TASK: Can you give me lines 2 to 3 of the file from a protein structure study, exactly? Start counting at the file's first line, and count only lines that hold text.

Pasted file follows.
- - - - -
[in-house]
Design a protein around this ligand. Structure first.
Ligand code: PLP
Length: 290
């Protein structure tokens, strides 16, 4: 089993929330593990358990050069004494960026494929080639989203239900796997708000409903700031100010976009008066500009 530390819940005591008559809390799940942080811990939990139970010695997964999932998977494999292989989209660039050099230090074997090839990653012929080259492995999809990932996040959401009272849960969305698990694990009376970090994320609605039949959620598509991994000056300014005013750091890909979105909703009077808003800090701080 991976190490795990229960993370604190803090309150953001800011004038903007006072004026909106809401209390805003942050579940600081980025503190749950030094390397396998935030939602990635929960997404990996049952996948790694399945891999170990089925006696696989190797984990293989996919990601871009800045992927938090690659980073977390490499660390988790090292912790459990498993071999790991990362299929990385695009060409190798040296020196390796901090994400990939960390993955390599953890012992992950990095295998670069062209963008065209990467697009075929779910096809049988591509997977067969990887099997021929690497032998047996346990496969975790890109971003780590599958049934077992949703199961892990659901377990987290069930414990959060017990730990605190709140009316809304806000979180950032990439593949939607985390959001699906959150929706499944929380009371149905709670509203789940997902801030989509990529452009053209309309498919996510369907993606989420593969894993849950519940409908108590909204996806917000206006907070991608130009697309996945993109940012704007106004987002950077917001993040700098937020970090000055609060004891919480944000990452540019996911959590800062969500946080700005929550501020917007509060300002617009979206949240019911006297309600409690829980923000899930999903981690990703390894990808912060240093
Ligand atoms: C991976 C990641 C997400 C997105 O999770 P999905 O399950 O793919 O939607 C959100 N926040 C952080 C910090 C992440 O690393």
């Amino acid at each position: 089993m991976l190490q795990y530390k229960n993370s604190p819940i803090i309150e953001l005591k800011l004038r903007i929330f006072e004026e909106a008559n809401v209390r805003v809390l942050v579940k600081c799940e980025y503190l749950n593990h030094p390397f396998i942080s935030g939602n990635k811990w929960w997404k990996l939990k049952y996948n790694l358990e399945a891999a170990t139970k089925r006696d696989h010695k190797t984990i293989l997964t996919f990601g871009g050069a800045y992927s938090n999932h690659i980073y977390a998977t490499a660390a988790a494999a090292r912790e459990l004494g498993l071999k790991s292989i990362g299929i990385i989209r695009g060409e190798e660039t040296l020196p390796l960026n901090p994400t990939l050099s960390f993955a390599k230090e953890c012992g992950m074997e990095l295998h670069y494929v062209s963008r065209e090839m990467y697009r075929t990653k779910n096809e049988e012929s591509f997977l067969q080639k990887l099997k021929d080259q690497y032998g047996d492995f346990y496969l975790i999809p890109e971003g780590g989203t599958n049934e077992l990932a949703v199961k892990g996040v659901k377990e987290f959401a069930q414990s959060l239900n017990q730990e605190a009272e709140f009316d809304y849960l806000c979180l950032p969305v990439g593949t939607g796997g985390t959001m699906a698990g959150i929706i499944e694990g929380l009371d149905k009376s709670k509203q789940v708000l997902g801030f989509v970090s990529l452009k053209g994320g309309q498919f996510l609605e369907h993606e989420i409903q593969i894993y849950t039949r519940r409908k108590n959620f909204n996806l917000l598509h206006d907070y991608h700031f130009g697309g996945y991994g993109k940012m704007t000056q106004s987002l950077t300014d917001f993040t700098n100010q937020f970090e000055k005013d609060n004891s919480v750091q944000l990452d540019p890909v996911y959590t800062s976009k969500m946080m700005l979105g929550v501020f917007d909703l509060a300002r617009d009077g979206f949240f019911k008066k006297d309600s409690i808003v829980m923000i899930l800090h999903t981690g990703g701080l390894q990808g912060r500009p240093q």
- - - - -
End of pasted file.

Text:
Design a protein around this ligand. Structure first.
Ligand code: PLP